• It reduces the agreed number of union meetings to the minimum in the ERA and a number of other negative changes.

It is a massive attack on permanent decent employment on the Port and is unjustified and unwarranted. It will make work dangerous and insecure.

What does the current workforce look like?

There are approximately 530 FTE staff at the Port of Auckland, working in a 24/7 operation. Around ¾ of all staff are on shifts. The majority (around 380 FTE) work in the container terminal. Because the existing Collective Agreement makes provision for the ebb and flow of shipping demands, it includes provision for the Port to employ workers on a range of terms aimed at balancing security and flexibility as described above. There is in the existing arrangements ample opportunity for management to engage staff on a flexible basis.

How much strike action has been taken?

The Port is an essential industry. For a strike to be legal, 14 days notice must be given.

The union has given 4 notices for 8 days strike to date and 5 days of strike have occurred. These are the first strikes in the Port of Auckland in approximately 4 years Business has feigned outrage at these workers exercising their right to strike as the employer tries to completely alter their terms of employment.

In contrast, on 23 December, a 65 day lockout at CMP/ANZCO ended following the settlement of a collective agreement. There the company locked these workers out in pursuit of a 20% pay cut. Not one voice of concern was expressed by the business community or its friends in the NZ media at this ruthless employer behaviour. In fact the owner, Sir Graeme Harrison was awarded Wellington Businessman of the Year during the lockout!

Companies leaving the Port

The dispute takes place against a background wellunderstood by the union. Numerous reports conclude that the structure of inter port competition has lead to overinvestment in capital by many ports in the hope to win new business (e.g. The Port of Taranaki dug a deep water trench at great cost in the hope of attracting bigger ships, mainly yet to arrive).

The union sees this as a failure of industry planning. There are only so many ships coming and going and while that number may vary, the competition between ports has allowed ship owners, and the major companies that use them, to become price setters.

They are able to force down the rate per container while the infrastructure is being subsidised by tax and rate payers, or by workers operating under powerful competitive pressures on work organisation and pay.

The union has consistently called for port reform and cooperation between port operations. The failure to achieve these goals rests, not with the workers, but with government policy settings and management decisionmaking across the sector.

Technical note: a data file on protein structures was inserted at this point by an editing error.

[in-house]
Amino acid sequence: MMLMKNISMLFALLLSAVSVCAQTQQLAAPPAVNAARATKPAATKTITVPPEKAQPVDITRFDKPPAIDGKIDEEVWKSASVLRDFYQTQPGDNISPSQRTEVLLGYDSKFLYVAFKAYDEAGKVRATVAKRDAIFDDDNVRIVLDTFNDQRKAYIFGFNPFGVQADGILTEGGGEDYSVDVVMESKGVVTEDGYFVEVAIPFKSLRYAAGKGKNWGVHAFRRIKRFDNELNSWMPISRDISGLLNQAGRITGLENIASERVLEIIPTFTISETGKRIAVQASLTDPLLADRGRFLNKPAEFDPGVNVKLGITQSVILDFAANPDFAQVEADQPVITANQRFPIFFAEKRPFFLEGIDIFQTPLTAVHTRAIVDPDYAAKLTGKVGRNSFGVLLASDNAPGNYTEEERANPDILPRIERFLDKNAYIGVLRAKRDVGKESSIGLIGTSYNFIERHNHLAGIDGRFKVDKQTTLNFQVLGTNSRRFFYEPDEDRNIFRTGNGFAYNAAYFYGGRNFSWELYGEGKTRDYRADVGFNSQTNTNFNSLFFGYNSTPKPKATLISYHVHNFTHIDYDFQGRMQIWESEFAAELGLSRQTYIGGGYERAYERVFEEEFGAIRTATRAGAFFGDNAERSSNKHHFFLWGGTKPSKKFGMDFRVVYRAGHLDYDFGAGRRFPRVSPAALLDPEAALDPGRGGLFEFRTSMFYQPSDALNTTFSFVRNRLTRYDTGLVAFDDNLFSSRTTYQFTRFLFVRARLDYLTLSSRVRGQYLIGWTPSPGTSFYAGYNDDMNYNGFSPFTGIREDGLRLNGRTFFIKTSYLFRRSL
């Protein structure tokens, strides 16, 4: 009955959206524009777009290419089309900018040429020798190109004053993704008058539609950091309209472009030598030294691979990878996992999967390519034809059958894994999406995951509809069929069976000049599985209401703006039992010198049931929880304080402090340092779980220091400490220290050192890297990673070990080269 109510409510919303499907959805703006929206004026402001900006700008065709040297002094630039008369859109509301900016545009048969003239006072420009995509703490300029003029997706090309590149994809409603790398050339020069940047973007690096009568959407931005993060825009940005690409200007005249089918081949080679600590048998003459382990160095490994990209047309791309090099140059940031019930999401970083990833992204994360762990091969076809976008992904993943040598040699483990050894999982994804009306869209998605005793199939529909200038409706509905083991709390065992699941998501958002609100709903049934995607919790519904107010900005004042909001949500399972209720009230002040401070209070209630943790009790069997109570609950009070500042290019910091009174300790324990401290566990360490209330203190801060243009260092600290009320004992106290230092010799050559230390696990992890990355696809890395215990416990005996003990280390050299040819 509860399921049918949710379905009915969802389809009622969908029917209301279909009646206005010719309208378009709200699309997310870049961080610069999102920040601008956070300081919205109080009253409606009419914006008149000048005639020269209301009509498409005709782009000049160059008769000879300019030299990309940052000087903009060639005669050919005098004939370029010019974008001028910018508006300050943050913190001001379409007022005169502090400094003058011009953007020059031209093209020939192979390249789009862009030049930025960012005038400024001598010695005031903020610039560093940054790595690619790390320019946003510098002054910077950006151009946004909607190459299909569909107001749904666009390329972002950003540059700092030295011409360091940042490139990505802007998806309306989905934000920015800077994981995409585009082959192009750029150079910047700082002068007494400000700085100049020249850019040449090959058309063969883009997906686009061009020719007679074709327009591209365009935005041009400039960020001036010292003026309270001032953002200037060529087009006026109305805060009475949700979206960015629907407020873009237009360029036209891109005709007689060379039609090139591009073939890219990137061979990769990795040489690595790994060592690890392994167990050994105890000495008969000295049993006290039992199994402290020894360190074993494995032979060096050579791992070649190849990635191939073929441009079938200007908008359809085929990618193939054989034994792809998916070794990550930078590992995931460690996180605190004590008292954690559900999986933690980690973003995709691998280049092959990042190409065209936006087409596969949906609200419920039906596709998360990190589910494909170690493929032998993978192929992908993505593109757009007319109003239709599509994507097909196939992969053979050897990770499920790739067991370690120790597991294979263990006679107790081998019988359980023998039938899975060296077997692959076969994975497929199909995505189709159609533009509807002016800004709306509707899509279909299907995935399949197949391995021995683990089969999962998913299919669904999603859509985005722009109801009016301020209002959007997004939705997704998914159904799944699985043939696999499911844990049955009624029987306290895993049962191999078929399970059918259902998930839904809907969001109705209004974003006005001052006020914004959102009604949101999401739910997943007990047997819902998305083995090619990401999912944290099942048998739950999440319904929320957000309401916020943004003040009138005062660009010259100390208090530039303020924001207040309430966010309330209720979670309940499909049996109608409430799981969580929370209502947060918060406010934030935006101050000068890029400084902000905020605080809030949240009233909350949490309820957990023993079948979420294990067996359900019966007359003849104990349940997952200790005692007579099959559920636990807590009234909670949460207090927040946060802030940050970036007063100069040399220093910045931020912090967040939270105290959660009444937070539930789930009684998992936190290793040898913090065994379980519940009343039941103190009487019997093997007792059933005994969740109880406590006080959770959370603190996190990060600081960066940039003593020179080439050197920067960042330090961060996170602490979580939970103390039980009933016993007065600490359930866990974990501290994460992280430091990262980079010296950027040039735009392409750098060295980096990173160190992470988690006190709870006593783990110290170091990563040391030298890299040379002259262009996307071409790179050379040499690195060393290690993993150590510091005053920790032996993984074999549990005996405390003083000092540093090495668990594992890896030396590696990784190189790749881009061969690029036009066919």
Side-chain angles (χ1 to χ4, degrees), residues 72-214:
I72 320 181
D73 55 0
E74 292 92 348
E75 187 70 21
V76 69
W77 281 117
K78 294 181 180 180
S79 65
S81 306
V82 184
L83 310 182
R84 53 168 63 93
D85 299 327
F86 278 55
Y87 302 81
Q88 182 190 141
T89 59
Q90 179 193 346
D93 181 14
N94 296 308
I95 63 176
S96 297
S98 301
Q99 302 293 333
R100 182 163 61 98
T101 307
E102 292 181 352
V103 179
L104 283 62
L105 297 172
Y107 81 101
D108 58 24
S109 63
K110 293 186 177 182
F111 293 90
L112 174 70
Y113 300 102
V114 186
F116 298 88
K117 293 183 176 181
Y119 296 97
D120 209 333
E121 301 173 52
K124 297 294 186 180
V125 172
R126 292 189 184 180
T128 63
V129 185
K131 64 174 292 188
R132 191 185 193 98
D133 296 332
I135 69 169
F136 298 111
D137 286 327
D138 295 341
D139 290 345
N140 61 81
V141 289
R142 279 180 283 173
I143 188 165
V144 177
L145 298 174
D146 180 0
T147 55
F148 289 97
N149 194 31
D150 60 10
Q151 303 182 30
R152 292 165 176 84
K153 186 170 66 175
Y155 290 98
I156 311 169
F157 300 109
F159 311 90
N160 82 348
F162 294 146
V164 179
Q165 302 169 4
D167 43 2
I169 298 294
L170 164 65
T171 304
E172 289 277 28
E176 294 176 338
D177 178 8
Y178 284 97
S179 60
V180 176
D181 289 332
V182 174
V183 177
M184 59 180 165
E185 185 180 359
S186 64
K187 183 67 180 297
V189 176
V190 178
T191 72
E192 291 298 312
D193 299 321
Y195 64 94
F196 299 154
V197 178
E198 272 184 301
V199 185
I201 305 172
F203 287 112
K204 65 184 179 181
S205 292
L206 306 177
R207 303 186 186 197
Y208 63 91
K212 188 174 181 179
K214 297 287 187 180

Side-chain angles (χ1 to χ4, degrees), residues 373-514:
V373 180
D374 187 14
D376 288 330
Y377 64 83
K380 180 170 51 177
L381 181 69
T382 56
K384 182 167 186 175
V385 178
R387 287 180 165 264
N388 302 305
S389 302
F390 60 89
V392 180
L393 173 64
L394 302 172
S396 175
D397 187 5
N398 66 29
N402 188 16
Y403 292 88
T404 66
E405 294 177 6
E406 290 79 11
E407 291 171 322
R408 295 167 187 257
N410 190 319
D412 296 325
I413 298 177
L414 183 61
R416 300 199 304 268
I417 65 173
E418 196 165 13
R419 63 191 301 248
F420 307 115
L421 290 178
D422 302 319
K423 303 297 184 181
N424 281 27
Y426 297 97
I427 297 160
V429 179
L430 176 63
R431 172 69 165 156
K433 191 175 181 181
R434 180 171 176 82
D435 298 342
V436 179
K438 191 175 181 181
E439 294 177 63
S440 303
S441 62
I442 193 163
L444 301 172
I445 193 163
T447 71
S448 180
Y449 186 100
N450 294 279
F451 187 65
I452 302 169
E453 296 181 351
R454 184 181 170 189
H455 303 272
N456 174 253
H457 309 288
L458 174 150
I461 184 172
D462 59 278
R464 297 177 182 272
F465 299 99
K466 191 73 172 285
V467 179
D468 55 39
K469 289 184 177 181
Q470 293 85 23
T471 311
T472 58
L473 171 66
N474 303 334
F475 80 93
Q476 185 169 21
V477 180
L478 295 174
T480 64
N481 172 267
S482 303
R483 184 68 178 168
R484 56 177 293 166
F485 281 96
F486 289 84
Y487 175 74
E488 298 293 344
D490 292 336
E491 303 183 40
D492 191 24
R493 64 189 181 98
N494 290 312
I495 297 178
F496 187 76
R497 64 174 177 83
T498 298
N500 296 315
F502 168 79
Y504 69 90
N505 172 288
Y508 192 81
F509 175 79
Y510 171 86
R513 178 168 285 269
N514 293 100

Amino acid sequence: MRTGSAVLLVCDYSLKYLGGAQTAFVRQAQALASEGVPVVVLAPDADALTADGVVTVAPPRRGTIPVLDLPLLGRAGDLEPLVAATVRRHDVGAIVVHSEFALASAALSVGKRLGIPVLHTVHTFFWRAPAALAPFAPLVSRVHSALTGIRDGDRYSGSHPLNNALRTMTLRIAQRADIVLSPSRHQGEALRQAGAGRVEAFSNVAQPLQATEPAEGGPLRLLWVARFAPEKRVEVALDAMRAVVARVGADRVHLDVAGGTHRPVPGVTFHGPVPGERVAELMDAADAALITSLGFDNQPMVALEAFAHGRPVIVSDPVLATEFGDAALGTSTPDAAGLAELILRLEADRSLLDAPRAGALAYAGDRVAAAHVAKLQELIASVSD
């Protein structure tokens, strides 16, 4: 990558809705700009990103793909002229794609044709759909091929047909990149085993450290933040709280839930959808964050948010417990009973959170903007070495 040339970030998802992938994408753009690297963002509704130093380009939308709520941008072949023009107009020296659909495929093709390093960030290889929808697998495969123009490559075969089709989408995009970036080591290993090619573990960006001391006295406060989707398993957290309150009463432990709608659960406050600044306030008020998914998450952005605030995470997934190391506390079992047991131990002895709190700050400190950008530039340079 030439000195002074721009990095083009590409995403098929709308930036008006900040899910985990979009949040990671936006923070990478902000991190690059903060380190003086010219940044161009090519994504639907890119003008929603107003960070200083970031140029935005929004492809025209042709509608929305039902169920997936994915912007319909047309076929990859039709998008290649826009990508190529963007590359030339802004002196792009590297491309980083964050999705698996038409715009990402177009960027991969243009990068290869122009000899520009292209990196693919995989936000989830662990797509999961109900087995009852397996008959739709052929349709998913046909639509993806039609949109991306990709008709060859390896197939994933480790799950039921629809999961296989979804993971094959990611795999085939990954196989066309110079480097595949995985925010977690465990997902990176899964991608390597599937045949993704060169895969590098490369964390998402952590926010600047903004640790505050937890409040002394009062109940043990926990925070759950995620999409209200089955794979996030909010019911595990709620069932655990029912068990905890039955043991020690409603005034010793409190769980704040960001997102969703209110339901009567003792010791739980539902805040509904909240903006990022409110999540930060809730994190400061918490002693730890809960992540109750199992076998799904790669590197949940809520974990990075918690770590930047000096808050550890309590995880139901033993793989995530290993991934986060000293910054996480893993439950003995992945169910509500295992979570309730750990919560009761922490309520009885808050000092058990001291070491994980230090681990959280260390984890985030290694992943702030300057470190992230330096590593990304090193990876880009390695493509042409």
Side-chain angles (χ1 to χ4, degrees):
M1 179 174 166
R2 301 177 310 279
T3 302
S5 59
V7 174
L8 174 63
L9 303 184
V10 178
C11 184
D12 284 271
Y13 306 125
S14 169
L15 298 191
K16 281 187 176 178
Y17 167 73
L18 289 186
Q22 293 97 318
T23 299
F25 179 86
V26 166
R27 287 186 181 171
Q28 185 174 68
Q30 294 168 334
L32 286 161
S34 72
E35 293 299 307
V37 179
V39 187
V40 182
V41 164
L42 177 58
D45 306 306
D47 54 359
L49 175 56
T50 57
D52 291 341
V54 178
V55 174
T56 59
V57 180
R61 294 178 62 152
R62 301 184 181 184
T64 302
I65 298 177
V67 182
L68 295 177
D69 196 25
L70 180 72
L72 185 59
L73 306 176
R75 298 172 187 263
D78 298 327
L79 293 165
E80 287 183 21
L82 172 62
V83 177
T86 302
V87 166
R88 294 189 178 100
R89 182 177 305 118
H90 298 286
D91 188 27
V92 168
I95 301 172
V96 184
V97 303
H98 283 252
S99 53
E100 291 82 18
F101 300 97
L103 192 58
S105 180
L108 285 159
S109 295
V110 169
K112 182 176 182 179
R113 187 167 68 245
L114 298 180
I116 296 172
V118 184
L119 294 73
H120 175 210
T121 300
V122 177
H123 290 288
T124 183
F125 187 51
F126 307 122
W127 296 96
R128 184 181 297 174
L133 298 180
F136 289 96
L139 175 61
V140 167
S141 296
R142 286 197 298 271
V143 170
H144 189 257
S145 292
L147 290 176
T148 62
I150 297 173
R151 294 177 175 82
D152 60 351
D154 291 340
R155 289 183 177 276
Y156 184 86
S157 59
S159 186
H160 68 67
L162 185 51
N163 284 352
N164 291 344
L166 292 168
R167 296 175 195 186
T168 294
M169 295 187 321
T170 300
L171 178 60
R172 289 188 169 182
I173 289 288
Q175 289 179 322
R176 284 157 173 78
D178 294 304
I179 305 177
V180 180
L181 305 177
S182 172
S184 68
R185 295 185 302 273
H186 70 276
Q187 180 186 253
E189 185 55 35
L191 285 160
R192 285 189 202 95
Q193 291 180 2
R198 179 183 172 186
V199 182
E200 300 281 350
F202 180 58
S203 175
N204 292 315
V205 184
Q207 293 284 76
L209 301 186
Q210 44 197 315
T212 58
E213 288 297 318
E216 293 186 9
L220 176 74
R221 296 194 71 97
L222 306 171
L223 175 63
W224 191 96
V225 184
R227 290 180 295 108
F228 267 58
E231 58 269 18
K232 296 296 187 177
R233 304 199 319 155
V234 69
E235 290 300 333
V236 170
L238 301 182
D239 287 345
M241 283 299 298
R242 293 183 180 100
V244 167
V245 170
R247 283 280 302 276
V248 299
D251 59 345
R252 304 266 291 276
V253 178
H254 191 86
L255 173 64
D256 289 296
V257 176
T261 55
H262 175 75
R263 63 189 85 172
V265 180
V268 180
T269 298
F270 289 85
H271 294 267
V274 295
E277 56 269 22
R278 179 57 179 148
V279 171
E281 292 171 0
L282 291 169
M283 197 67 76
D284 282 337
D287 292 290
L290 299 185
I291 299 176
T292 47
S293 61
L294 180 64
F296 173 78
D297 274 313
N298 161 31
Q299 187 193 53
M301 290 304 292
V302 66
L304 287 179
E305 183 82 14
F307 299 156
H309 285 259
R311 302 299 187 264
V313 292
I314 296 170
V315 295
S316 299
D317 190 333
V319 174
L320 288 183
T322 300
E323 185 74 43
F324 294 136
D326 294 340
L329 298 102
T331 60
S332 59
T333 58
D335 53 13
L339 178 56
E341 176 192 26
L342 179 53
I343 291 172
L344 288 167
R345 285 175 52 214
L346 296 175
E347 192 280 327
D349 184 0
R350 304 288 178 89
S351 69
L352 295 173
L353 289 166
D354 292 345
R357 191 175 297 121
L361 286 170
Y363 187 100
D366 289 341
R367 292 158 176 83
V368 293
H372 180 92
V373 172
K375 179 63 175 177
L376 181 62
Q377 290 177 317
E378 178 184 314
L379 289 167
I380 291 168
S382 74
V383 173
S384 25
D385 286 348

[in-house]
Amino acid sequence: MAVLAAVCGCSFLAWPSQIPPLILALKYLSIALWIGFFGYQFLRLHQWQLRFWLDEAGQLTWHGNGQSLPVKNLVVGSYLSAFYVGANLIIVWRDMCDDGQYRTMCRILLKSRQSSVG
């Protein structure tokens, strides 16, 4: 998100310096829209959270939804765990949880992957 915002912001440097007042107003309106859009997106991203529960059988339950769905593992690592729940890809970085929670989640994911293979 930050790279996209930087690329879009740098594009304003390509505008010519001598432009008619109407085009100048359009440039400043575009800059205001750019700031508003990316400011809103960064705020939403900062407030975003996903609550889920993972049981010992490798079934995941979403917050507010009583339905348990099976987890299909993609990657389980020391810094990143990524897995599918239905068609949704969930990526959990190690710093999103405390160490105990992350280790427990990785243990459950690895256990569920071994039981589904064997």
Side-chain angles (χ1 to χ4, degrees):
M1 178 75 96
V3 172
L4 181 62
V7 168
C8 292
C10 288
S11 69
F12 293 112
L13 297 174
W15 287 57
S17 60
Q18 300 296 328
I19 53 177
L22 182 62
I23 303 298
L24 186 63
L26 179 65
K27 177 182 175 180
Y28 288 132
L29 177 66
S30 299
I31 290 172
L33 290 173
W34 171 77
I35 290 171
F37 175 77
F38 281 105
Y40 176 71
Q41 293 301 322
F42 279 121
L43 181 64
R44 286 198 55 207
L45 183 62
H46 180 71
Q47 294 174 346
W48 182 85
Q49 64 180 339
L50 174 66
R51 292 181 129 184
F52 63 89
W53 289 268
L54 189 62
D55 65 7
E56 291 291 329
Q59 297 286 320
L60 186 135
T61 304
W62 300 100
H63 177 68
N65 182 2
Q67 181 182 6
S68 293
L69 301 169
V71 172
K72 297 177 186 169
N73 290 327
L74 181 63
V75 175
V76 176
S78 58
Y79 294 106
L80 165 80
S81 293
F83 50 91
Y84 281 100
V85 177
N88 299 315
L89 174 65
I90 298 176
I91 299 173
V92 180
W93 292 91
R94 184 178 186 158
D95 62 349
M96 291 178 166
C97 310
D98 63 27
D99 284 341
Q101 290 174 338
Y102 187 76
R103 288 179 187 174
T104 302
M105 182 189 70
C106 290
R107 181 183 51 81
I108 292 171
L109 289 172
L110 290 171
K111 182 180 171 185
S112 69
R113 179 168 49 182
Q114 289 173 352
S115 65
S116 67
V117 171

Government has failed to develop and introduce appropriate port reform. Equally, management has often preferred to introduce change without addressing the genuine concerns of workers. The results are plain to see in the current dispute.

The Port of Tauranga model

What of the muchvaunted PoT employment model? The PoT is privately owned. In around 1989 after a bitter prolonged industrial dispute, the Port was successful is dividing up its workforce into competing units. To do this, the Port uses a variety of companies to meet its stevedoring requirements. It owns a stevedoring company, it employs some of its owns stevedores and it has four private companies also available to carry out the stevedoring work on the Port.

The workers at the Port of Tauranga know that they are in competition with each other.

Those prepared to take less pay, to cut corners, to be more “flexible” (that is, turn up as and when required with no guarantee of work) get the work. Two of the companies even formed their own unions to ensure MUNZ were kept out. Workers join the inhouse union rather than joining MUNZ or the RMTU, for fear of adverse employment consequences

The rates of pay for watersiders in Tauranga are estimated by the union to be substantially lower than those in Auckland due to this model and many workers report being too afraid to join the union. Much has been written about this Port in academic and industry journals – all praising the flexibility and the reduced union influence (read deunionisation). Little is said about the level of wages, security of employment or the accident record;

Walter Crosa – 49 – father – 15 Aug 2011

“It was believed Mr Crosa was working for a contractor at the port doing some roading works at the time of the accident.

The Department of Labour is investigating and the matter has been referred to the coroner, he said.

The Allied Workforce employee was working for another contracted company when the accident happened.

It is the third fatality at the port within the past 15 months”